Women's oral health during pregnancy
Report by Prof Mariano Sanz and Dr Elena Figuero
The main physiological and hormonal changes in a woman’s life take place during pregnancy – and the mouth is one of the main areas involved in these changes.
The periodontium of pregnant women can be affected by pregnancy gingivitis, granuloma gravidarium (pregnancy tumour), and periodontitis. Although gingival inflammation tends to increase during pregnancy – even when proper oral-hygiene to remove plaque is performed – pregnancy gingivitis does not usually imply irreversible damage to the periodontium.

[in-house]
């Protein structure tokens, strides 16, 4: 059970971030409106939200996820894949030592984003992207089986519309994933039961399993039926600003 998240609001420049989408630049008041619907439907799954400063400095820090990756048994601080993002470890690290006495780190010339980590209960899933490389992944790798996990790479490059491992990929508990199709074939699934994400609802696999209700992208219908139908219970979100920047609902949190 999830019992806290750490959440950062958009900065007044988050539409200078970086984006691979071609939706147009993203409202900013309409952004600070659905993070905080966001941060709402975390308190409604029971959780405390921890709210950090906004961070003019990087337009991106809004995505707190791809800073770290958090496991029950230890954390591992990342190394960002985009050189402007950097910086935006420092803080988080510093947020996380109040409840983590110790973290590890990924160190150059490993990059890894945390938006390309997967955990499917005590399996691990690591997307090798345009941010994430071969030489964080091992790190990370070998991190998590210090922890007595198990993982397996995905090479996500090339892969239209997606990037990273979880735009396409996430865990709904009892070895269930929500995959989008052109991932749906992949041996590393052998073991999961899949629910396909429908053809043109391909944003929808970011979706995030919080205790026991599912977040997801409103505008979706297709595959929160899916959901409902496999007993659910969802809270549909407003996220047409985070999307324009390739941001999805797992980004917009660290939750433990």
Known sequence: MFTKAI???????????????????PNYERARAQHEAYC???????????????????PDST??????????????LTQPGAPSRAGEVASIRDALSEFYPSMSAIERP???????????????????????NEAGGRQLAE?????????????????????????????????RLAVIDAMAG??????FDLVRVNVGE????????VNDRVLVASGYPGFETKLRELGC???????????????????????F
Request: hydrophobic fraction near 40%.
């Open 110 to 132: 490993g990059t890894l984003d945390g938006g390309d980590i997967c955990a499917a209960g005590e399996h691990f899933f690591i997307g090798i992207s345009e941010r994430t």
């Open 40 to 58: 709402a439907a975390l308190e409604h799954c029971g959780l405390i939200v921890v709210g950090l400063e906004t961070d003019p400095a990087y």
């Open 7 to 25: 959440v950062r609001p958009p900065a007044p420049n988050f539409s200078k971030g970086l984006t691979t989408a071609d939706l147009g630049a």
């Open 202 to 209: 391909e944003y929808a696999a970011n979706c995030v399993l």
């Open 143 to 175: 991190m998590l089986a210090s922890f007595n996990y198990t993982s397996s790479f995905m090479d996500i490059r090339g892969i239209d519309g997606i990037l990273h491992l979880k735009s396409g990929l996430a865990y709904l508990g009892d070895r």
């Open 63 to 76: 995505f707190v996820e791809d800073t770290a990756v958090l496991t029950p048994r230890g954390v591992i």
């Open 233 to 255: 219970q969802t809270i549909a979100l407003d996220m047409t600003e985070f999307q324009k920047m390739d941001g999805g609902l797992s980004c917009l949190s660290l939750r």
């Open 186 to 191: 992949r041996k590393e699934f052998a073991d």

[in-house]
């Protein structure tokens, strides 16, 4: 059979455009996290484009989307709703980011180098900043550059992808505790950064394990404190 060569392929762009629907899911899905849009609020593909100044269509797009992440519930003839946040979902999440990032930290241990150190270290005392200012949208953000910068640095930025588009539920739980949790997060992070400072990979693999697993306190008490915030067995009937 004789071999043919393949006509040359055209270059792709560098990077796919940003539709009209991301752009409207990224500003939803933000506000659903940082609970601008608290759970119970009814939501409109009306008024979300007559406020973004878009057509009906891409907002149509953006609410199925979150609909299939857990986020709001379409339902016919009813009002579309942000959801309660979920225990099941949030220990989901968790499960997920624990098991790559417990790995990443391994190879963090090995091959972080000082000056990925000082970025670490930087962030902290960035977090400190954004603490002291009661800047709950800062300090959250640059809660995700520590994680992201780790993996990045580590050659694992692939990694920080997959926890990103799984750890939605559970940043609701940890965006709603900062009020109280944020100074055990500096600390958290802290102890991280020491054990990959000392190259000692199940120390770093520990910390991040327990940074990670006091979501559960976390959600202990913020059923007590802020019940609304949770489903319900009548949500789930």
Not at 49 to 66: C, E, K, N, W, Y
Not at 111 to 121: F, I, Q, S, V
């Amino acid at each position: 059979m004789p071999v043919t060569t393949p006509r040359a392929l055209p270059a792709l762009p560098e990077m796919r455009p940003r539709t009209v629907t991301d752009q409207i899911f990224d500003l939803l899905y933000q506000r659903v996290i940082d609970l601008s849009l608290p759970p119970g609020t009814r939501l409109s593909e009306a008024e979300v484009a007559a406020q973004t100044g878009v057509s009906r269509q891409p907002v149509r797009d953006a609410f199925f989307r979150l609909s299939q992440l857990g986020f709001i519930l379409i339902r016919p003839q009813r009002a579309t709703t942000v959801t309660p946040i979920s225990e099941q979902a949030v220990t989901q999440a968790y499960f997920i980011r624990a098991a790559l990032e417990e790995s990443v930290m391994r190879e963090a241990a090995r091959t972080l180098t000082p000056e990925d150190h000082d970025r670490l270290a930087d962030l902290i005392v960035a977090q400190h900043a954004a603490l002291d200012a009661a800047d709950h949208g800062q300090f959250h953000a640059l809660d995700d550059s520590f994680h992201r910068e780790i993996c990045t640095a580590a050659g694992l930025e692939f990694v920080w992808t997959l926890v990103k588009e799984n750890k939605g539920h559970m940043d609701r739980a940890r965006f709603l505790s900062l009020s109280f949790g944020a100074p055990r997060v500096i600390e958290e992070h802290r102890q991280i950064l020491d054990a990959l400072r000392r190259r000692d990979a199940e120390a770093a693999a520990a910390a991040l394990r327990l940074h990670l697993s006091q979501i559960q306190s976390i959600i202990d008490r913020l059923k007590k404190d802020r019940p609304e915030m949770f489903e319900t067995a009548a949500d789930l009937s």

In post-partum, even women with periodontitis who receive no periodontal treatment during their pregnancy show an improvement in all clinical periodontal parameters. In cases of granuloma gravidarium, lesions that do not cause significant functional or aesthetic problems should not be removed during pregnancy, because they may recur and they may resolve spontaneously after delivery. No specific type of periodontitis is related to pregnancy, but periodontitis is a potential risk factor both for adverse pregnancy outcomes and for gestational diabetes mellitus.